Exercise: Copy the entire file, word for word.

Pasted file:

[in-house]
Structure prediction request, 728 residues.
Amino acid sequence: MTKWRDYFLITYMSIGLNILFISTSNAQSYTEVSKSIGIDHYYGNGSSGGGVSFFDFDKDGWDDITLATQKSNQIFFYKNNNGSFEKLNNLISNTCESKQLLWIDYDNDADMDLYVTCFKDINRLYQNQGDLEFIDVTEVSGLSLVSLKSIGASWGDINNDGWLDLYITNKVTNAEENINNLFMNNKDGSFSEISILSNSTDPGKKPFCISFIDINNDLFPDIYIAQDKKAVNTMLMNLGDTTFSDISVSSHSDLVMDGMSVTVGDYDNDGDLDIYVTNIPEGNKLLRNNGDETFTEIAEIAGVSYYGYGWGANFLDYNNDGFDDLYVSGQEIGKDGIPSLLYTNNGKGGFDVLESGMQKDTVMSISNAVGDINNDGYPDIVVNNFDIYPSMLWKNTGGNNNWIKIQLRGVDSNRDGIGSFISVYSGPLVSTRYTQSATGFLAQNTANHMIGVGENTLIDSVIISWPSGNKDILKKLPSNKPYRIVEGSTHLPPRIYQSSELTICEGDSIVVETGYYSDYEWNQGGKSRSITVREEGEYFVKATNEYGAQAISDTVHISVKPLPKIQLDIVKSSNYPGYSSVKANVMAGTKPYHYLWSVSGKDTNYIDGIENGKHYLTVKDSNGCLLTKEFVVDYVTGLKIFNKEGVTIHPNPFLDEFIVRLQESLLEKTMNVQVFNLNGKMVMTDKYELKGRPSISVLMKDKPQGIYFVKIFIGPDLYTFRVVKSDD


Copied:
[in-house]
Structure prediction request, 728 residues.
Amino acid sequence: MTKWRDYFLITYMSIGLNILFISTSNAQSYTEVSKSIGIDHYYGNGSSGGGVSFFDFDKDGWDDITLATQKSNQIFFYKNNNGSFEKLNNLISNTCESKQLLWIDYDNDADMDLYVTCFKDINRLYQNQGDLEFIDVTEVSGLSLVSLKSIGASWGDINNDGWLDLYITNKVTNAEENINNLFMNNKDGSFSEISILSNSTDPGKKPFCISFIDINNDLFPDIYIAQDKKAVNTMLMNLGDTTFSDISVSSHSDLVMDGMSVTVGDYDNDGDLDIYVTNIPEGNKLLRNNGDETFTEIAEIAGVSYYGYGWGANFLDYNNDGFDDLYVSGQEIGKDGIPSLLYTNNGKGGFDVLESGMQKDTVMSISNAVGDINNDGYPDIVVNNFDIYPSMLWKNTGGNNNWIKIQLRGVDSNRDGIGSFISVYSGPLVSTRYTQSATGFLAQNTANHMIGVGENTLIDSVIISWPSGNKDILKKLPSNKPYRIVEGSTHLPPRIYQSSELTICEGDSIVVETGYYSDYEWNQGGKSRSITVREEGEYFVKATNEYGAQAISDTVHISVKPLPKIQLDIVKSSNYPGYSSVKANVMAGTKPYHYLWSVSGKDTNYIDGIENGKHYLTVKDSNGCLLTKEFVVDYVTGLKIFNKEGVTIHPNPFLDEFIVRLQESLLEKTMNVQVFNLNGKMVMTDKYELKGRPSISVLMKDKPQGIYFVKIFIGPDLYTFRVVKSDD